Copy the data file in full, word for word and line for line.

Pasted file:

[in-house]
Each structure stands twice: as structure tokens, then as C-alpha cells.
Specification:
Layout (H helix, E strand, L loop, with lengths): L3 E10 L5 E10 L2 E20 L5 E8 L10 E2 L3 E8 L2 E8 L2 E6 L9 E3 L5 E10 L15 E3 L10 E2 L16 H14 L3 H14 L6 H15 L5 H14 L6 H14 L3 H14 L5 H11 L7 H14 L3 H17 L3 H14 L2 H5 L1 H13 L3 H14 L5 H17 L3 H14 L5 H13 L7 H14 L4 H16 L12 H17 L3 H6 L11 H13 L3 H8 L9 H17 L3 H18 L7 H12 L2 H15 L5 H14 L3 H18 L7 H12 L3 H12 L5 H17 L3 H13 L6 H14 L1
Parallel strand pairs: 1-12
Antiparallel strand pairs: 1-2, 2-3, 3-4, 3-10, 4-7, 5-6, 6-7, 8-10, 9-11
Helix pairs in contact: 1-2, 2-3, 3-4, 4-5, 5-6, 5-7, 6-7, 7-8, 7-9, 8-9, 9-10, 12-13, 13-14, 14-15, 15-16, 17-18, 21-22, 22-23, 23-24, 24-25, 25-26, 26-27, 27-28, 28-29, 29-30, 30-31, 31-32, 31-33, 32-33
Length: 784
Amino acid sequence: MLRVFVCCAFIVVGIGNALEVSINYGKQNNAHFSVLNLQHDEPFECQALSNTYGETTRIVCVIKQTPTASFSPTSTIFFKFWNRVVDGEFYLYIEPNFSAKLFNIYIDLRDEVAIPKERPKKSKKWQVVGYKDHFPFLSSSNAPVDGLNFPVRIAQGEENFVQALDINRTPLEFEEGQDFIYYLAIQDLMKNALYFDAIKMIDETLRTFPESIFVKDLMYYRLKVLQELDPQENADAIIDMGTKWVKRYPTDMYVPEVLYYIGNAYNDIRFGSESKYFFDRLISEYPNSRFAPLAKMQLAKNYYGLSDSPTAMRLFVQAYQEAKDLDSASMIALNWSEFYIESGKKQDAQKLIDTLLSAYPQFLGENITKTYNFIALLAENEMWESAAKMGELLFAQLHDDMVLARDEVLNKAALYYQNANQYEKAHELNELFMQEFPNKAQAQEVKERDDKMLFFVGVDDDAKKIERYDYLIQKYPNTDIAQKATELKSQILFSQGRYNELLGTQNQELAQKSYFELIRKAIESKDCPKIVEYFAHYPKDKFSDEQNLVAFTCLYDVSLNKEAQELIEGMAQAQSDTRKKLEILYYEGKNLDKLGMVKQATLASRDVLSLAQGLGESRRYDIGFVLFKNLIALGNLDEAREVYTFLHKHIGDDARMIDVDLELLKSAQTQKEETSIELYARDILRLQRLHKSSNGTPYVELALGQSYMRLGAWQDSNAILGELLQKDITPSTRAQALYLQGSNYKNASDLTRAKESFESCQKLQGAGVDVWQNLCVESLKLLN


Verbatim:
[in-house]
Each structure stands twice: as structure tokens, then as C-alpha cells.
Specification:
Layout (H helix, E strand, L loop, with lengths): L3 E10 L5 E10 L2 E20 L5 E8 L10 E2 L3 E8 L2 E8 L2 E6 L9 E3 L5 E10 L15 E3 L10 E2 L16 H14 L3 H14 L6 H15 L5 H14 L6 H14 L3 H14 L5 H11 L7 H14 L3 H17 L3 H14 L2 H5 L1 H13 L3 H14 L5 H17 L3 H14 L5 H13 L7 H14 L4 H16 L12 H17 L3 H6 L11 H13 L3 H8 L9 H17 L3 H18 L7 H12 L2 H15 L5 H14 L3 H18 L7 H12 L3 H12 L5 H17 L3 H13 L6 H14 L1
Parallel strand pairs: 1-12
Antiparallel strand pairs: 1-2, 2-3, 3-4, 3-10, 4-7, 5-6, 6-7, 8-10, 9-11
Helix pairs in contact: 1-2, 2-3, 3-4, 4-5, 5-6, 5-7, 6-7, 7-8, 7-9, 8-9, 9-10, 12-13, 13-14, 14-15, 15-16, 17-18, 21-22, 22-23, 23-24, 24-25, 25-26, 26-27, 27-28, 28-29, 29-30, 30-31, 31-32, 31-33, 32-33
Length: 784
Amino acid sequence: MLRVFVCCAFIVVGIGNALEVSINYGKQNNAHFSVLNLQHDEPFECQALSNTYGETTRIVCVIKQTPTASFSPTSTIFFKFWNRVVDGEFYLYIEPNFSAKLFNIYIDLRDEVAIPKERPKKSKKWQVVGYKDHFPFLSSSNAPVDGLNFPVRIAQGEENFVQALDINRTPLEFEEGQDFIYYLAIQDLMKNALYFDAIKMIDETLRTFPESIFVKDLMYYRLKVLQELDPQENADAIIDMGTKWVKRYPTDMYVPEVLYYIGNAYNDIRFGSESKYFFDRLISEYPNSRFAPLAKMQLAKNYYGLSDSPTAMRLFVQAYQEAKDLDSASMIALNWSEFYIESGKKQDAQKLIDTLLSAYPQFLGENITKTYNFIALLAENEMWESAAKMGELLFAQLHDDMVLARDEVLNKAALYYQNANQYEKAHELNELFMQEFPNKAQAQEVKERDDKMLFFVGVDDDAKKIERYDYLIQKYPNTDIAQKATELKSQILFSQGRYNELLGTQNQELAQKSYFELIRKAIESKDCPKIVEYFAHYPKDKFSDEQNLVAFTCLYDVSLNKEAQELIEGMAQAQSDTRKKLEILYYEGKNLDKLGMVKQATLASRDVLSLAQGLGESRRYDIGFVLFKNLIALGNLDEAREVYTFLHKHIGDDARMIDVDLELLKSAQTQKEETSIELYARDILRLQRLHKSSNGTPYVELALGQSYMRLGAWQDSNAILGELLQKDITPSTRAQALYLQGSNYKNASDLTRAKESFESCQKLQGAGVDVWQNLCVESLKLLN